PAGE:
Review: Last Sons of America #3

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Publisher: BOOM! Studios
Writer: Phillip Kennedy Johnson
Artist: Matthew Dow Smith
Colours: Doug Garbark
Letterer: Jim Campbell

As Last Sons of America #3 opens, Julian Carver sits in an interrogation room, awaiting the arrival of Don Carlo’s brutal henchmen and the complicity of the local police, while his brother Jackie takes Sara to the only place they can go, a gigantic child market called The Merc. With danger closing in from all sides and time running out, Jackie must decide what kind of legacy he and Julian will leave behind in the desolate slums of Central America, where the commodification of children is rotting the souls of adults.

After a few moments of clumsiness in the opening two issues, Last Sons of America #3 really delivers on the series’ promise. Johnson and Smith continue to probe at the boundaries of their dystopian world (an offhand reference is made to cloning at one point), but without unduly drawing our attention away from the main story. The earlier character development of Julian and Jackie, which occasionally felt a little forced, now begins to pay dividends, partly because we see so clearly the different moral struggles now faced by the brothers, but also because, even more crucially, we really care about what happens to them at this point.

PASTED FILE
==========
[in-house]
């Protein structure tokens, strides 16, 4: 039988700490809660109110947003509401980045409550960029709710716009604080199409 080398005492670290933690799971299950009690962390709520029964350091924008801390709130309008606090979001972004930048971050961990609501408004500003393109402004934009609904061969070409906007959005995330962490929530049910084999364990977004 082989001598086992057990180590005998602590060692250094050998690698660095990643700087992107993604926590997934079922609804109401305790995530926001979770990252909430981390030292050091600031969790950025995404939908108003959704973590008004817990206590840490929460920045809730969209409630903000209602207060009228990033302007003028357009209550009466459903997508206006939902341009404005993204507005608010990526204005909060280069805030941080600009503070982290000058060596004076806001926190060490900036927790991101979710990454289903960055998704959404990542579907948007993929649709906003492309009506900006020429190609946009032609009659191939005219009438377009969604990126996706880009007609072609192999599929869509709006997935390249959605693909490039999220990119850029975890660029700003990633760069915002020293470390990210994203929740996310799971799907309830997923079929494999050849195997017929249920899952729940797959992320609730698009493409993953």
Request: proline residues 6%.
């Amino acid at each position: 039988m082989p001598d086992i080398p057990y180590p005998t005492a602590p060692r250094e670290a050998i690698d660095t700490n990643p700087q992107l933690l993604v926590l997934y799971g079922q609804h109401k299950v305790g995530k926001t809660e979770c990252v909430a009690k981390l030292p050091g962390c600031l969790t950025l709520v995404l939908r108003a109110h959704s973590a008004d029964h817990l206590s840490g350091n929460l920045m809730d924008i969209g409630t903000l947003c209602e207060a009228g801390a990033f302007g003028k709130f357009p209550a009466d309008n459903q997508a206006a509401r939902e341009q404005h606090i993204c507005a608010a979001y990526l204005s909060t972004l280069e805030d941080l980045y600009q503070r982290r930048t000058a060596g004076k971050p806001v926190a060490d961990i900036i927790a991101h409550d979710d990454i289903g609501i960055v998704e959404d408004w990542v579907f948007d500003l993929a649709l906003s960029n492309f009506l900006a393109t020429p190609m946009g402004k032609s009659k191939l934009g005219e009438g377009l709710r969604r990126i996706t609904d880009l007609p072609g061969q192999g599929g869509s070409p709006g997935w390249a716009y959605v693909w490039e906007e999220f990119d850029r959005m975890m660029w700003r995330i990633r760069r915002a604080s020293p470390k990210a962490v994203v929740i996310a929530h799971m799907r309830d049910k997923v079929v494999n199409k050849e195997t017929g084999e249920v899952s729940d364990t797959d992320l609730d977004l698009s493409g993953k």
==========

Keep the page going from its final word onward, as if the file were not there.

The Merc functions both as a gruesomely captivating spectacle and as a demonstration of Johnson’s storytelling skill. This series, to its credit, has been all about the minutiae of near-apocalyptic catastrophe, and in the Merc’s heaving moral vacuum the realisation begins to dawn upon us that foreign policy enacted in response to a world-changing plague might be just as interesting as the plague itself. The sequence also affords Smith an opportunity to showcase his art skills, rendering a seething mass of corrupted humanity which is both stunning and shocking, and his use of dark panels and fragmented imagery towards the end of Last Sons of America #3 also ratchets up the dramatic tension nicely.

While the plot here feels a little rushed at times (and it’s hard to see how Johnson and Smith are going to resolve everything in their one final issue), Last Sons of America #3 is a real step up from the last two issues, exploring themes of fraternal love and moral corruption without forgetting to tell a good story at the same time.

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